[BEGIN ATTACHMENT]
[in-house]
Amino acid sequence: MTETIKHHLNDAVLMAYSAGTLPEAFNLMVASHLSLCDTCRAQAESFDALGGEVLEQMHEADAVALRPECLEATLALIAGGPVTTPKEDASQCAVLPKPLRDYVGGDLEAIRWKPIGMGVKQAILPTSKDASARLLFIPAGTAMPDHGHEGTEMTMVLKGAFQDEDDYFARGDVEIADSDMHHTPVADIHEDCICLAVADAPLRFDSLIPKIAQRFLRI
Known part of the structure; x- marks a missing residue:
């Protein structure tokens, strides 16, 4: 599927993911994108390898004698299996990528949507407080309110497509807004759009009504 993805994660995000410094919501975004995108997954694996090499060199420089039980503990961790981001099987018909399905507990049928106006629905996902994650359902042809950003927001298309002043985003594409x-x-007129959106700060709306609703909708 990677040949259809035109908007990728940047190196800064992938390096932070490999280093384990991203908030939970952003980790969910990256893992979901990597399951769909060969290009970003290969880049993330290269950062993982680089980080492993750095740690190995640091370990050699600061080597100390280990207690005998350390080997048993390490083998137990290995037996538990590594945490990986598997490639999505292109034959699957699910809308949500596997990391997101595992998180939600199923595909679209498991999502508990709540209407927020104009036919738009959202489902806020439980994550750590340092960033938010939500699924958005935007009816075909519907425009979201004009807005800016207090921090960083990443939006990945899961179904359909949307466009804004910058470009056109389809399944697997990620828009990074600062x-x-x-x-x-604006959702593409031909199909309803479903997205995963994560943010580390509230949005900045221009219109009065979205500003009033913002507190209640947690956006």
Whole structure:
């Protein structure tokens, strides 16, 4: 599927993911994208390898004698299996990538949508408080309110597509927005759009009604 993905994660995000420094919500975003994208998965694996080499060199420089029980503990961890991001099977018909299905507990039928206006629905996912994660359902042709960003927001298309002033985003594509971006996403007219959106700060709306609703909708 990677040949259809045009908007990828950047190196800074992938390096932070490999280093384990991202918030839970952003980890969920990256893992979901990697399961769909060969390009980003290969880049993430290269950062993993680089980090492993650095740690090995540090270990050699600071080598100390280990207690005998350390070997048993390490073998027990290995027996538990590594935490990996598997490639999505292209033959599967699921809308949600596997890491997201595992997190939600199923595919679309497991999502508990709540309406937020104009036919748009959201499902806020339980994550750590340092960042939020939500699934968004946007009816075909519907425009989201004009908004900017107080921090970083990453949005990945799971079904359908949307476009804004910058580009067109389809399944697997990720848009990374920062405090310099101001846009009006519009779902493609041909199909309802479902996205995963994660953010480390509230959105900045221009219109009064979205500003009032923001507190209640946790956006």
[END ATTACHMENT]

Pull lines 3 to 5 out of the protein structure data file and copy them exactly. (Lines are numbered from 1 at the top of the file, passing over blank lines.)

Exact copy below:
Known part of the structure; x- marks a missing residue:
């Protein structure tokens, strides 16, 4: 599927993911994108390898004698299996990528949507407080309110497509807004759009009504 993805994660995000410094919501975004995108997954694996090499060199420089039980503990961790981001099987018909399905507990049928106006629905996902994650359902042809950003927001298309002043985003594409x-x-007129959106700060709306609703909708 990677040949259809035109908007990728940047190196800064992938390096932070490999280093384990991203908030939970952003980790969910990256893992979901990597399951769909060969290009970003290969880049993330290269950062993982680089980080492993750095740690190995640091370990050699600061080597100390280990207690005998350390080997048993390490083998137990290995037996538990590594945490990986598997490639999505292109034959699957699910809308949500596997990391997101595992998180939600199923595909679209498991999502508990709540209407927020104009036919738009959202489902806020439980994550750590340092960033938010939500699924958005935007009816075909519907425009979201004009807005800016207090921090960083990443939006990945899961179904359909949307466009804004910058470009056109389809399944697997990620828009990074600062x-x-x-x-x-604006959702593409031909199909309803479903997205995963994560943010580390509230949005900045221009219109009065979205500003009033913002507190209640947690956006």
Whole structure: